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Dupuytren's Disease

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Dupuytren's Contracture: Causes, Symptoms, and Treatment

Dupuytren's contracture is an abnormal thickening and tightening of the normally elastic tissue beneath the skin of the palm and fingers. This tissue is called fascia. The fascia contains strands of fibers, like cords, that run from the palm upward into the fingers. In Dupuytren's contracture, these cords tighten, or contract, causing the fingers to curl forward. In severe cases, it can lead to crippling hand deformities.

What Causes Dupuytren's Contracture?

The cause of Dupuytren's contracture, also called Dupuytren's disease, is unknown, but certain biochemical factors that affect the palm's connective tissue may be involved. Injuries and overuse of the hand do not play a role. Tendons are not affected.

However, certain things may make you more likely to develop Dupuytren's contracture. They include:

The condition usually runs in families, which means it is inherited. You are also more likely to develop this condition if you have a Northern European (English, Irish, Scottish, French, Dutch) or Scandinavian (Swedish, Norwegian, Finnish) background.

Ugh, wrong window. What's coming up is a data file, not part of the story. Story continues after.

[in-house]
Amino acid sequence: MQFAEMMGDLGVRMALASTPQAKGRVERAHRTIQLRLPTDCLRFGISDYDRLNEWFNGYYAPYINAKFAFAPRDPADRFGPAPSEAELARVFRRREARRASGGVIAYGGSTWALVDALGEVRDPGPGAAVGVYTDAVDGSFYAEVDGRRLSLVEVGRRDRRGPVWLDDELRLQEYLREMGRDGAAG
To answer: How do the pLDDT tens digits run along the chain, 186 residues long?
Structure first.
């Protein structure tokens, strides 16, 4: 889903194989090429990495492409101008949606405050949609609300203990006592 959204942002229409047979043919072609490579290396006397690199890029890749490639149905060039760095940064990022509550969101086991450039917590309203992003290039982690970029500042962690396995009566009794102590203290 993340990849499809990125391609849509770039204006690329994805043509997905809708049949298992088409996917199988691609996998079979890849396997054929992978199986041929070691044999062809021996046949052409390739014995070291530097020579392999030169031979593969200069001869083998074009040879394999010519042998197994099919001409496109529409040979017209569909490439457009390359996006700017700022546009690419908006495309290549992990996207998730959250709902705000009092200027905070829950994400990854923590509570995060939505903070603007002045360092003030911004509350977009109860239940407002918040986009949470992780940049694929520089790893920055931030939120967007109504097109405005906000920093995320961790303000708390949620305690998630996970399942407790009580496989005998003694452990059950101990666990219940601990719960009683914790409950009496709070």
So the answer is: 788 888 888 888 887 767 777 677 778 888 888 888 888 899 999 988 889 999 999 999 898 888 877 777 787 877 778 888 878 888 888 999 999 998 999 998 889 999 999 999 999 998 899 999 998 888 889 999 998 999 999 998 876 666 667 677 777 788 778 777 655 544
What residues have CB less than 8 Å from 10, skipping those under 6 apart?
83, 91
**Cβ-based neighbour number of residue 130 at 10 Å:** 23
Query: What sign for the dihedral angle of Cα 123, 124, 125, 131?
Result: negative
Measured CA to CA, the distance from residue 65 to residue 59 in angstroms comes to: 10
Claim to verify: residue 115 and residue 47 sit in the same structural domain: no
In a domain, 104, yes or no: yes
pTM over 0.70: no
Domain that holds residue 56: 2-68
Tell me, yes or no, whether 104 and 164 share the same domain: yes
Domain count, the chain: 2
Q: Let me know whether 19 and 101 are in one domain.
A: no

Dupuytren's contracture is more common in men than women, particularly those over age 40.Your chances of developing it increase as you get older.

Symptoms of Dupuytren's Contracture

The first symptom for many patients is one or more lumps (nodules) under the skin in the palm of the hand. The lump may feel tender and sore at first, but this discomfort eventually goes away.

The nodules cause tough bands of tissue to form under the skin in the palm. These inflexible bands cause the fingers to bend, or "curl," forward toward the wrist. As this curling gets worse, it becomes difficult, if not impossible, to straighten the fingers.

The pinkie and ring fingers are most often affected, appearing clenched. Both hands are usually involved, although one may have worse symptoms than the other.

People with Dupuytren's contracture often have a hard time picking up large objects, or placing their hands into their pockets, something you might do on an everyday basis to retrieve coins, cash, or your ID card. If you have this condition, you may also find it difficult to place your hand flat on the table, wear gloves, or shake hands, among other things.

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